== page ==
Is your network optimized for large file transfers?

Disk storage used to be an expensive commodity. One of the first commercial hard disk drives shipped with the IBM RAMAC 305 system in 1956, in the form of two 24-inch platters housed inside a cabinet bigger than a home refrigerator. Its capacity was a mere 5 MB Рenough to hold a modern MP3 or two ripped at 320kbps Рand the cost per MB was a staggering $10,000.

Over the following decades, the price of HDDs steadily declined from that level, but many devices were still tightly constrained in terms of both their onboard storage and ability to easily work with large files of any kind. External media such as floppy disks, CD-ROMs and USB thumb drives were, and remain, crucial for transporting photos and other bulky assets between PCs.

Large file transfer.

Large file transfers can bog down an unprepared WAN.

The rise of the commercial Internet reshaped such data transfers, with increasingly high-bandwidth IP networks providing the new muscle to move information anywhere from the public cloud to a machine in a branch office. While this modernization of corporate WANs replaced many older workflows directly involving physical storage media, it also created fresh challenges in ensuring WAN reliability and security, especially when processing big files.

The large files that today’s WANs have to deal with
Video and software-as-a-service solutions are two common examples of applications that have been both enabled by and are problematic for modern WANs. In the case of SaaS, its uptake has shifted a lot of simple, cost-effective LAN activity over to valuable WAN links, while also making it easier than ever to transfer large files externally and bypass previously effective firewall policies.

Moreover, the roundtrip file exchanges made by cloud-based services can magnify the impact on WAN performance. Techniques such as WAN optimization are sometimes used to enhance the network’s ability to handle the large files associated with these applications, but WAN Op alone is often not enough to ensure consistent WAN performance. More specifically, MPLS links may not have enough bandwidth, IPSec VPNs may be unreliable and WAN Op may not be sufficient for processing highly compressed video files.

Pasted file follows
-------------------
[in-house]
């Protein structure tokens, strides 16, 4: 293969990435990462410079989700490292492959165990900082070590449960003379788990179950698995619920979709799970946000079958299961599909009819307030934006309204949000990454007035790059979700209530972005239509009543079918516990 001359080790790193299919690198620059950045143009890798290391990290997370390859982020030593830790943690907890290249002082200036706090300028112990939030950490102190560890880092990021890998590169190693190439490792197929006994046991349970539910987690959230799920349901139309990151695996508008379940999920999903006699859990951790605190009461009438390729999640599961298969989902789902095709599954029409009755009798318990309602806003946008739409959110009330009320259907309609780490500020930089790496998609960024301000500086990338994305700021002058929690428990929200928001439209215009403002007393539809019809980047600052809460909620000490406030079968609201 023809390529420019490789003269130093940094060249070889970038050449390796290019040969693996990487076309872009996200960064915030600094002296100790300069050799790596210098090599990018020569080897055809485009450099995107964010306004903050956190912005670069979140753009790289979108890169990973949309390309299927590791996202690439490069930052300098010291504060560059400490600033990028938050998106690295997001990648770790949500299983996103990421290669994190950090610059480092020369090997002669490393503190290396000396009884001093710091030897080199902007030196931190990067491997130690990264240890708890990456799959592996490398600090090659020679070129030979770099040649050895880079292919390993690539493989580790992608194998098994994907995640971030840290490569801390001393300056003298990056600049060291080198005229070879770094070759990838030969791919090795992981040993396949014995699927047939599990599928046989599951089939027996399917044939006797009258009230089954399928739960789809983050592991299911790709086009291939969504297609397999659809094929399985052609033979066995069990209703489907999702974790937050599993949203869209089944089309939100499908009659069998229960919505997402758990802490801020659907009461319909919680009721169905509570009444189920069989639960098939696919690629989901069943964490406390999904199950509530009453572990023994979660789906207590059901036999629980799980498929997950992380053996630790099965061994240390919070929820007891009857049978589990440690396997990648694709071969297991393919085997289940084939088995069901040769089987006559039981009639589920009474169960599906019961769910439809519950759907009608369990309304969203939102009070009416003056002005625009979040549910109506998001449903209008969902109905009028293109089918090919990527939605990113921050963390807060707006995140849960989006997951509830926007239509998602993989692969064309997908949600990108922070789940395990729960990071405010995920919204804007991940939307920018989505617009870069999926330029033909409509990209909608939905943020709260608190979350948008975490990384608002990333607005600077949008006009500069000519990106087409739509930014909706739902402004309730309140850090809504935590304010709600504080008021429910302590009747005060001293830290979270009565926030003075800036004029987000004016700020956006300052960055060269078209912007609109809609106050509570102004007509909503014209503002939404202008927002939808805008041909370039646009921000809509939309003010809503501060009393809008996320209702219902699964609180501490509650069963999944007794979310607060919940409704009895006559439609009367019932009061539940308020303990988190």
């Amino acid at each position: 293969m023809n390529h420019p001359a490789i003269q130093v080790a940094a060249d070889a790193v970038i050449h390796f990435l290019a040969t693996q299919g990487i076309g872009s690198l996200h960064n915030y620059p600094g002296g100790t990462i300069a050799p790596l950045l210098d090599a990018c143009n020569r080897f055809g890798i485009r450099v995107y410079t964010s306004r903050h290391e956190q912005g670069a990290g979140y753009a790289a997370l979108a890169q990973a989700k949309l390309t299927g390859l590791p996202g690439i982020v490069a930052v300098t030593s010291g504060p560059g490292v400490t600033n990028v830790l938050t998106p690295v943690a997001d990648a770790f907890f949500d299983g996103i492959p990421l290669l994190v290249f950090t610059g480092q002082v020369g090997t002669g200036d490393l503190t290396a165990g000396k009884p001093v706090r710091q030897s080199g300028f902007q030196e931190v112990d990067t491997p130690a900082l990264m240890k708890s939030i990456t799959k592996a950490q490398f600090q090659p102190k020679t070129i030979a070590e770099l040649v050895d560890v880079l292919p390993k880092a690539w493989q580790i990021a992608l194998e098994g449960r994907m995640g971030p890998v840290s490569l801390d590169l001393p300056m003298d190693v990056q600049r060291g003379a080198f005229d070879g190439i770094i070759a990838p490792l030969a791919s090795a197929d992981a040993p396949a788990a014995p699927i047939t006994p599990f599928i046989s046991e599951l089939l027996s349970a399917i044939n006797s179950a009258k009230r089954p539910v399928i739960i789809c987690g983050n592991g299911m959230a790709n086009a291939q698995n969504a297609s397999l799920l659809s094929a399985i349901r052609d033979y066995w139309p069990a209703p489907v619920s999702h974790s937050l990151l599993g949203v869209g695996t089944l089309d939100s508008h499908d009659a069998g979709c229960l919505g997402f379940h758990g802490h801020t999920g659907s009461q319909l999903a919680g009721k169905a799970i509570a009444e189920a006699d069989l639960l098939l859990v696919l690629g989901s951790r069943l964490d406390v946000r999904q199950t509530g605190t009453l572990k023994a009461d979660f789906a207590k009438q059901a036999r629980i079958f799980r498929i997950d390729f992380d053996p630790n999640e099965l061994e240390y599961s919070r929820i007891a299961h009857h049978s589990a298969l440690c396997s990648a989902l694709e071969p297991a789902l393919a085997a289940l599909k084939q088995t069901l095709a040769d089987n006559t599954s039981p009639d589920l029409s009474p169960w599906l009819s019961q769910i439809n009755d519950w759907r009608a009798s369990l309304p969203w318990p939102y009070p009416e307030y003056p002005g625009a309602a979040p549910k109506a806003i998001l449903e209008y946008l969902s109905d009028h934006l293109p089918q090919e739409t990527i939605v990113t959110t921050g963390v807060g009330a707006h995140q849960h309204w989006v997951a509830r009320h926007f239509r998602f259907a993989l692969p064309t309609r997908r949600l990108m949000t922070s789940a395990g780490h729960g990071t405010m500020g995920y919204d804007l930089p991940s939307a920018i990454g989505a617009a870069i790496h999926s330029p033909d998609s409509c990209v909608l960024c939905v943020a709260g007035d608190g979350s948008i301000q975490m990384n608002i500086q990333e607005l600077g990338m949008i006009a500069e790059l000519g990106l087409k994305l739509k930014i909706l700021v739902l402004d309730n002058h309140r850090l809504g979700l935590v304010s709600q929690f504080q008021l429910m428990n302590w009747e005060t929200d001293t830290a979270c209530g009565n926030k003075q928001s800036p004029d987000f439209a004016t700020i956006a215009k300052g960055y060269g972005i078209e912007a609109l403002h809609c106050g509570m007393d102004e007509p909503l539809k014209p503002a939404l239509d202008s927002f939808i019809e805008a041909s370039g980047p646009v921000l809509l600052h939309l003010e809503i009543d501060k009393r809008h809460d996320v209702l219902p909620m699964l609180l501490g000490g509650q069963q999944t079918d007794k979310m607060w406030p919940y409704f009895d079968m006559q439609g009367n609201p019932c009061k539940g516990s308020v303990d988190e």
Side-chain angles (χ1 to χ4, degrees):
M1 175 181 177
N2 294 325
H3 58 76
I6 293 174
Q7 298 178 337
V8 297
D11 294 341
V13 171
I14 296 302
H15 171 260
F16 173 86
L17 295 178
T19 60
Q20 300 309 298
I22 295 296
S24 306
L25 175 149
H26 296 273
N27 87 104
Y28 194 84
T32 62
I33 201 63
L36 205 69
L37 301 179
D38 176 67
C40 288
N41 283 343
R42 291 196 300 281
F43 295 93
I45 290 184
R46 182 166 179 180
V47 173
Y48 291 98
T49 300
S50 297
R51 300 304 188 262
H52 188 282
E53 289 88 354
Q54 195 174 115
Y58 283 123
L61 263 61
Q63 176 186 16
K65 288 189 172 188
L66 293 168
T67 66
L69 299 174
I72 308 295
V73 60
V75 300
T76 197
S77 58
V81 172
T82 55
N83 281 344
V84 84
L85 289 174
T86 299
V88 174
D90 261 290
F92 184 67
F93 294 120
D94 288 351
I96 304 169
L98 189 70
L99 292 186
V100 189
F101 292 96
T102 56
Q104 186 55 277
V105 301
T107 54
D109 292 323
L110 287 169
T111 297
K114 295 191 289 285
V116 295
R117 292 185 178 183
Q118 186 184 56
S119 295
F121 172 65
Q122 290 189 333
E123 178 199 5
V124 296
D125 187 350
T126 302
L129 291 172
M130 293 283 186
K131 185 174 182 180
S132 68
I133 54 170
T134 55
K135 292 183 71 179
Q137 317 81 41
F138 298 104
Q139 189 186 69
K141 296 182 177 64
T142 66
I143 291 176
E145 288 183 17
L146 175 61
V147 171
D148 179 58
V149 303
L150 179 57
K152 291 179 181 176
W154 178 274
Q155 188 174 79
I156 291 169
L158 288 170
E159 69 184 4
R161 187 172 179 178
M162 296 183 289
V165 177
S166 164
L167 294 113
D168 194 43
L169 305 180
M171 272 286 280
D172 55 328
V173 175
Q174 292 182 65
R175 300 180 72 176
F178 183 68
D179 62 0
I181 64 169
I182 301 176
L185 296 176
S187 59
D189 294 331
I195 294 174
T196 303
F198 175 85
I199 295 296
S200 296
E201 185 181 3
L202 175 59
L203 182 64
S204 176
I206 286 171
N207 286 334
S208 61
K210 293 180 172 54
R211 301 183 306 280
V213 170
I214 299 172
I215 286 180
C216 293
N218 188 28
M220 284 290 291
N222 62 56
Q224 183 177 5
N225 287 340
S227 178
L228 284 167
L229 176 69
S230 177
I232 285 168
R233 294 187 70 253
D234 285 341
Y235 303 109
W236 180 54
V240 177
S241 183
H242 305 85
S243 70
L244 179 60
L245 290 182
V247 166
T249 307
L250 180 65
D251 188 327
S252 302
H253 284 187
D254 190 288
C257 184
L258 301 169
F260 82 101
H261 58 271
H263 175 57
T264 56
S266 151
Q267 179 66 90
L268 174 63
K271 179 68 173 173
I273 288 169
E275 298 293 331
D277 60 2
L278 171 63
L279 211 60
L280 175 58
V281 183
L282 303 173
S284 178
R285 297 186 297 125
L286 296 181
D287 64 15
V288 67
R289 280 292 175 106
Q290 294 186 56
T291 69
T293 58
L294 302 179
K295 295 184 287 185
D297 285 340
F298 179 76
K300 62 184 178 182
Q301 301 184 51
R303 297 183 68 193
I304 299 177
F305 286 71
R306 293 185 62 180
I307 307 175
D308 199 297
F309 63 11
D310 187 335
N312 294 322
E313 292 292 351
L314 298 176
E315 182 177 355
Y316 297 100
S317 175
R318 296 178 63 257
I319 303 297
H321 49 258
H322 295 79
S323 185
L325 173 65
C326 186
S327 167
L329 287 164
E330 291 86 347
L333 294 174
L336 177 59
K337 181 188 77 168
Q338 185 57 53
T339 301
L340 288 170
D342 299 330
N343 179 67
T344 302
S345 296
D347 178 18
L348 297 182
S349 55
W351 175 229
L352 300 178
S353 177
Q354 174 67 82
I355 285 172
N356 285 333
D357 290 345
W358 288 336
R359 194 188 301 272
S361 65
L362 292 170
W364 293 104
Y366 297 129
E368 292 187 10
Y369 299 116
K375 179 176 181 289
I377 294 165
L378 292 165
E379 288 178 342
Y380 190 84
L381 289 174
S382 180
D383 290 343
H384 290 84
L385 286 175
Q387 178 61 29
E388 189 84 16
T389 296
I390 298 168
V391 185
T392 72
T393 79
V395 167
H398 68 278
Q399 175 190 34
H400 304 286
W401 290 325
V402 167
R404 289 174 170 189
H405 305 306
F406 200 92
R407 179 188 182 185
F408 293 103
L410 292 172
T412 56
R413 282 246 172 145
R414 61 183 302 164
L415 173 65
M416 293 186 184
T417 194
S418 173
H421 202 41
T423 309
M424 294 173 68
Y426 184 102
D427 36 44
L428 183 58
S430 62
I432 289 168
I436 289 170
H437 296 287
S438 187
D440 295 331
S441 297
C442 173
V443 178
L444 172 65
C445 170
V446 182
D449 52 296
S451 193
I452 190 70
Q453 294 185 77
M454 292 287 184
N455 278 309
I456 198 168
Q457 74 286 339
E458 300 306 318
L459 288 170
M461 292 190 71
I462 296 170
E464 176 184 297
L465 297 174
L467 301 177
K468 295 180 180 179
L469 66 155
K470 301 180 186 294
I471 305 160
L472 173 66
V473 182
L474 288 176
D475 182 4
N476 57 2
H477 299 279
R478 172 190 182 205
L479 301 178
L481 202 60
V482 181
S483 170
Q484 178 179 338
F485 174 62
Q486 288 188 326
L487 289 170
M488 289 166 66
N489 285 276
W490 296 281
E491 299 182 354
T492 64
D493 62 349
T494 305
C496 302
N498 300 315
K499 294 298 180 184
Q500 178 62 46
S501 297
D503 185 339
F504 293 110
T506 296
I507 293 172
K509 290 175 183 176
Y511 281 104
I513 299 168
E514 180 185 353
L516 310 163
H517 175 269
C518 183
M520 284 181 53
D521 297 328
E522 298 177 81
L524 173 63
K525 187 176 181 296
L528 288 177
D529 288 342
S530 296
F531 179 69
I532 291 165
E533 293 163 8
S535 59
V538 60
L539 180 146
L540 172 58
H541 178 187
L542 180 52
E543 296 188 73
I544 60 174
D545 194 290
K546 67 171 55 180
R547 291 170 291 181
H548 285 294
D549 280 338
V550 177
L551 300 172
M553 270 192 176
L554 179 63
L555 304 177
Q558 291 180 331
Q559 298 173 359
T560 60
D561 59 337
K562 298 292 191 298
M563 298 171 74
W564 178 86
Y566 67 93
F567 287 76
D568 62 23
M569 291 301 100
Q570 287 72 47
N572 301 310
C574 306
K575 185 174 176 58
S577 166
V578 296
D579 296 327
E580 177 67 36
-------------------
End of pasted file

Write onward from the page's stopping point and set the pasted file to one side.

“SaaS has shifted low-cost LAN activity over to valuable WAN links.”

The challenge, then, is finding a way to effectively set up and manage different types of links, from MPLS to broadband Internet, so that parallel networks in the WAN can properly support today’s cutting-edge applications. Increasing reliance on the cloud has made traditional WAN architectures less efficient in preserving link quality and handling routine large file transactions from these programs.

Accordingly, adding broadband Internet links as well as software-defined decision-making has become an appealing option for supplying bandwidth and sending mission-critical traffic over the best paths possible. Liabilities such as over-reliance on low-bandwidth MPLS and single points of failure can be mitigated through such aggregation and network intelligence, leading to more efficient workflows with large files.

“[Network accelerator and optimization] solutions only seemed to help with application delivery and did not offer what we needed for large file transfers, file mirroring, syncing and backups,” said John Wunder, director of IT for Magnum Semiconductor. “Talari’s Adaptive Private Networking gives me the ability to leverage the Internet with more effectiveness. APN aggregates my MPLS and Internet links, expanding the bandwidth capabilities at each of my sites.”

Categories: Enhance WAN Optimization


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